It may seem obvious that Republicans and Democrats harbor different opinions, but recent studies in psychology show that these ideological differences may stem from distinct cognitive patterns. One longitudinal study discovered that fearful children were much more likely to be conservative at the age of 23. Other studies reveal that conservatives display a higher sensitivity to both disgust and danger, startling more easily than their liberal counterparts. Researchers have even been able to elicit more liberal political attitudes from conservatives by priming them with feelings of safety, and more conservative political attitudes from liberals by engendering feelings of physical vulnerability.
This is a fairly new frontier in the field of psychology, and it brings up many pressing questions: what degree of modern conservatism is motivated by this propensity for fear and perceived threat? And in the time of COVID-19, why are conservatives, who are predisposed to more intense fear and disgust responses, denouncing masks as a protective measure?
The notion that a parent’s political party is a predictor of their child’s identification is a core belief in modern political science, with a 69.5% prediction rate. However, recent research is now investigating the psychological determinants of an individual’s politics. One fMRI study shows that when engaging in risk-taking behavior, Republicans and Democrats respond differently on a neurological level, with greater activation of the right amygdala (the fear center of the brain) for the former. By analyzing only these brain activation patterns, researchers can predict the party affiliations of a subject with an 82.9% accuracy rate — far higher than the predominant parental model. But this too brings up the quintessential nature vs. nurture debate: is it the high-firing amygdala which causes people to lean conservative or, conversely, is it exposure to conservatism which shapes the cognitive processes of the brain?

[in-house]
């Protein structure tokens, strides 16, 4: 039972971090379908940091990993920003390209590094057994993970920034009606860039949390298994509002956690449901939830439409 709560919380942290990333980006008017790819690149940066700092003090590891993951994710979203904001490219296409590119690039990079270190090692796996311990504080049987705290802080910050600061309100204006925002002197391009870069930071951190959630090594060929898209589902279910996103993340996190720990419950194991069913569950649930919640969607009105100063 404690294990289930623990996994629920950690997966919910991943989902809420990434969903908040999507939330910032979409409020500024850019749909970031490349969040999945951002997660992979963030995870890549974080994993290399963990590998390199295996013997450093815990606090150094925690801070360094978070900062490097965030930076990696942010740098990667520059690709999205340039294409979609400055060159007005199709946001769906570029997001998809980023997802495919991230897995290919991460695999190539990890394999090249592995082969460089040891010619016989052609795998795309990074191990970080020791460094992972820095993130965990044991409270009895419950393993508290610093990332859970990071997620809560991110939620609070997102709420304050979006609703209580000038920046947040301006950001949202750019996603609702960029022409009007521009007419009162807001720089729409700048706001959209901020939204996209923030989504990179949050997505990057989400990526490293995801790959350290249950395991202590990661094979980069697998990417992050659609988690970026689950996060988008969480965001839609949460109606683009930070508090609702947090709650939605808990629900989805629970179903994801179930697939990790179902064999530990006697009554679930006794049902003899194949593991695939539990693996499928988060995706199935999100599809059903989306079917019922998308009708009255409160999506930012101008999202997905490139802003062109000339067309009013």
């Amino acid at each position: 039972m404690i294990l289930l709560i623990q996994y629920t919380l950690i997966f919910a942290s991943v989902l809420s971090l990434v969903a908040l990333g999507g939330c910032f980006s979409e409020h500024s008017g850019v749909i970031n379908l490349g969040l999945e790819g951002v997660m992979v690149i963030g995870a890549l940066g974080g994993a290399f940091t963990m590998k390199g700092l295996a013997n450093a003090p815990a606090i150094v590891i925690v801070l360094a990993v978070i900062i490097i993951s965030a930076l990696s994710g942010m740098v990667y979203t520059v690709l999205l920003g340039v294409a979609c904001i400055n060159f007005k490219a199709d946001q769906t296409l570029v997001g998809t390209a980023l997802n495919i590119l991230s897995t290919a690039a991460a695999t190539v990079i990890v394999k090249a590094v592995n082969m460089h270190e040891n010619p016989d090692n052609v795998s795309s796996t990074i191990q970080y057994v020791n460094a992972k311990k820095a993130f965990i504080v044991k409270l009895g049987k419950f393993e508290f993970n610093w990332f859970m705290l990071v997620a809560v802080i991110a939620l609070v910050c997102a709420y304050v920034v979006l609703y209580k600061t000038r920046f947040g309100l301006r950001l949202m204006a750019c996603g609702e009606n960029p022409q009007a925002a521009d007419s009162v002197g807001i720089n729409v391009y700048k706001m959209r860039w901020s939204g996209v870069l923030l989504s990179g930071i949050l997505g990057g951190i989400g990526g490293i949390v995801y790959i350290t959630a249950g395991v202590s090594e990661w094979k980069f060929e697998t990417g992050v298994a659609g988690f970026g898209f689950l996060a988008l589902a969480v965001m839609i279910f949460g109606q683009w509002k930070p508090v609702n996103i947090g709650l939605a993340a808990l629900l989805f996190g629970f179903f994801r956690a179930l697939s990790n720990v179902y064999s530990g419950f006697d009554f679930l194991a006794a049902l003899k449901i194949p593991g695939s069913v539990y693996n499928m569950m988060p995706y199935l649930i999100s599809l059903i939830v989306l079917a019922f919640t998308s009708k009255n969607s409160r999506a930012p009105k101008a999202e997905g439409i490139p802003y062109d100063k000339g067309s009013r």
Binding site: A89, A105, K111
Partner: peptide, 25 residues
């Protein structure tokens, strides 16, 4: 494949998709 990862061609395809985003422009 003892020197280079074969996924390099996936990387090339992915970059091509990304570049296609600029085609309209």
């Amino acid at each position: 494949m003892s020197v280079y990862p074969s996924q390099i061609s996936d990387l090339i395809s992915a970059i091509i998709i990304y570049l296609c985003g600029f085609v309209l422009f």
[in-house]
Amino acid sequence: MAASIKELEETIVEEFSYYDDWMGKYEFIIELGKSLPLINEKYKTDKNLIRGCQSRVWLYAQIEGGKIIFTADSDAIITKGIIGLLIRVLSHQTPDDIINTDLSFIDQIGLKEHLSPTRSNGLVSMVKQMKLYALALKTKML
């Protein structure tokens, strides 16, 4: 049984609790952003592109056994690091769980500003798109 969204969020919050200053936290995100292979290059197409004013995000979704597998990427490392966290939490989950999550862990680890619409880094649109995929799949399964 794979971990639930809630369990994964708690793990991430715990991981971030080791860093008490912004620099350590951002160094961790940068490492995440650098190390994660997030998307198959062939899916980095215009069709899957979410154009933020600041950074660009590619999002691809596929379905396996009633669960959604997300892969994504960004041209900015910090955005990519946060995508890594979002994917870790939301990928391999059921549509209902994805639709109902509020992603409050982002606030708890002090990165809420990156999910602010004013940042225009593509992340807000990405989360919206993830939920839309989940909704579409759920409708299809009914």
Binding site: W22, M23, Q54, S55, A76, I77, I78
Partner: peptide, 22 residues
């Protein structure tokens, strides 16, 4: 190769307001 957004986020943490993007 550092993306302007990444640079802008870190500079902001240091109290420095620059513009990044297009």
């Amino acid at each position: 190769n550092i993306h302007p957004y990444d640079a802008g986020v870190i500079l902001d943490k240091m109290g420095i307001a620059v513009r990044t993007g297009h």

Though it is unclear if fear begets conservatism or vice versa, the fact remains that denouncing masks seems to be in direct contradiction of fearful predispositions. Wearing a mask, which at its core is about protecting public health, has become increasingly polarized, with conservatives comprising a disproportionate percentage of those who protest masks. Here, it seems that separate psychological phenomena may be at odds with each other: fear of bodily harm vs. the distrust of government.
Humans have a psychological need to feel some degree of control over their lives. Studies find that when people lose this sense of control, they tend to defend government and religion significantly more to secure a sense of control-by-proxy. Conversely, when individuals come to distrust their own government, the degree of perceived control over their personal lives increases. People thus begin to focus on their immediate environment rather than the collective. This might help explain the culture of individualism which pervades America at large, especially in rural or conservative spaces. As a result, people’s sense of duty to serve the collective by wearing a mask may be dampened. The conservative fear response is very robust, and the fact that distrust of government supersedes fear of COVID when it comes to the issue of masks underscores the divisiveness of this political moment. For such an innate fear response to dissipate during a global pandemic is indeed noteworthy, and in many ways still inexplicable. The psychology of politics is an emerging field, and it seems to offer questions more often than it answers them. However, while learning to grapple with a global pandemic, perhaps we can advance our understanding of politics and neuroscience as well.